MBTA Buses & Infrastructure

I do suspect the ability to sidestep any lengthy public engagement process about a permanent change is what's driving a lot of these "pilot" decisions. Not everyone is as brave as Jay Monti in Everett (Mr. "The Pilot Is the Process" regarding the Broadway bus lanes) but the sentiment is there. Run the pilot and gather data along the way so at some point, you can issue a report validating the decision and change the bureaucratic designation from "pilot" to "permanent" the next time the road needs resurfacing.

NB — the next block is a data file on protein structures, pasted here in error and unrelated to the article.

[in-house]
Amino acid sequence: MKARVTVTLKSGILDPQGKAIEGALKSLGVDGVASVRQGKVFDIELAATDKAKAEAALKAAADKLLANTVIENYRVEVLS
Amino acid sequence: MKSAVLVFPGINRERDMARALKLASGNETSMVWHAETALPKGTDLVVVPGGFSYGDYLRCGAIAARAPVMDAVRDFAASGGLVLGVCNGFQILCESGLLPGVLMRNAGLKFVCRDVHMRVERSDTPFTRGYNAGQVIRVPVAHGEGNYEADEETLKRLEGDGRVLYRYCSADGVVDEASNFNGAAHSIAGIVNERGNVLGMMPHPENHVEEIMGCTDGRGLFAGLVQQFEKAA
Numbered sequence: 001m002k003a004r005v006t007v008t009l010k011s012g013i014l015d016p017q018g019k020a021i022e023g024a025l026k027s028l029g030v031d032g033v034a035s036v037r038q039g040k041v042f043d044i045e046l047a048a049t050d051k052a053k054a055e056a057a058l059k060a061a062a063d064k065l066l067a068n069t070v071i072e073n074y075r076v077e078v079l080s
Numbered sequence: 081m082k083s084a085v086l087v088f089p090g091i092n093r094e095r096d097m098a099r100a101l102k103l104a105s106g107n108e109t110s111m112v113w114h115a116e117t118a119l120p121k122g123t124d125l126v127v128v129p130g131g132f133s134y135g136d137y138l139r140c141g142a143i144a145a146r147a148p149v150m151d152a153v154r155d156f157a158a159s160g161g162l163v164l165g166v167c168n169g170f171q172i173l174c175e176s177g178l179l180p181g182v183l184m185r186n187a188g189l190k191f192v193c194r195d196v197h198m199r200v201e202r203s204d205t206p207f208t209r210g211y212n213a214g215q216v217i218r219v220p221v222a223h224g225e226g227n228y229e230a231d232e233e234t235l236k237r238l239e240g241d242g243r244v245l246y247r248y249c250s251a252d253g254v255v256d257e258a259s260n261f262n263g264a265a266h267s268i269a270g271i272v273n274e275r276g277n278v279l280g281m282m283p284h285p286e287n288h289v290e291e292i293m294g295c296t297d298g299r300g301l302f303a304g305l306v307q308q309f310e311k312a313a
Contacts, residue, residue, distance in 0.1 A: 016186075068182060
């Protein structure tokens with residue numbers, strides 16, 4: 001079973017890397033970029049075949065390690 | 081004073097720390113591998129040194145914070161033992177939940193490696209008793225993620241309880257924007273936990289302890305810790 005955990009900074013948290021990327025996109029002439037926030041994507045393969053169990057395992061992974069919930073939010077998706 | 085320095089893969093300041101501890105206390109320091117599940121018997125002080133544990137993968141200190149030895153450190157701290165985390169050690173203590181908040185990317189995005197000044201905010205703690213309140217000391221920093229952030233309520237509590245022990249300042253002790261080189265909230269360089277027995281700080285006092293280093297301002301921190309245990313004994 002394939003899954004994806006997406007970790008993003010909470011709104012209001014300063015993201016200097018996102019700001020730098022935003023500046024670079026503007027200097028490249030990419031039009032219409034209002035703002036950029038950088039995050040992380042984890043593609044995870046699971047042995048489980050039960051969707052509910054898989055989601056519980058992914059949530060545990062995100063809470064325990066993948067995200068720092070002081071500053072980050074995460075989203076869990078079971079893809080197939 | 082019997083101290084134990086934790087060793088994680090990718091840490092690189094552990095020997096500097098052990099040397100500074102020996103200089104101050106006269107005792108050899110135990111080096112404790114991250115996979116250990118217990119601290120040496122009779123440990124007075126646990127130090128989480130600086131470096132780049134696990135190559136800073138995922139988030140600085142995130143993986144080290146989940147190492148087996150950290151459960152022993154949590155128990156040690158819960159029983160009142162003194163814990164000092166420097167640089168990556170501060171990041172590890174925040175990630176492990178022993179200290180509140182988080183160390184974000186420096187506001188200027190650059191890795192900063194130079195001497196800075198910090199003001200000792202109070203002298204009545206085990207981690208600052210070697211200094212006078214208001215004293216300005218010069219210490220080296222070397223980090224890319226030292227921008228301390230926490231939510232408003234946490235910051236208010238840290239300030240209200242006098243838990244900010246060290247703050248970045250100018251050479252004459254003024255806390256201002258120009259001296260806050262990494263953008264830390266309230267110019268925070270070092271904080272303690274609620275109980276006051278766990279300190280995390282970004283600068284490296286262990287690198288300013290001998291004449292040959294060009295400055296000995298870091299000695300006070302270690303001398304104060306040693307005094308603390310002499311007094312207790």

I've wondered if this has (negative) implications for enforcement, though. The Washington Ave. bus lanes in the North End seem like a prime example. Any time it's a heavy traffic day or a rain storm, drivers all seem to think the red paint doesn't apply to them anymore -- possibly because the right-turn lane onto Atlantic Ave. might be backing up. By not making them a big production (and center-running a la Columbus Ave, as they should be on North Washington IMO), is it harder to get BTD and BPD to take enforcement seriously?
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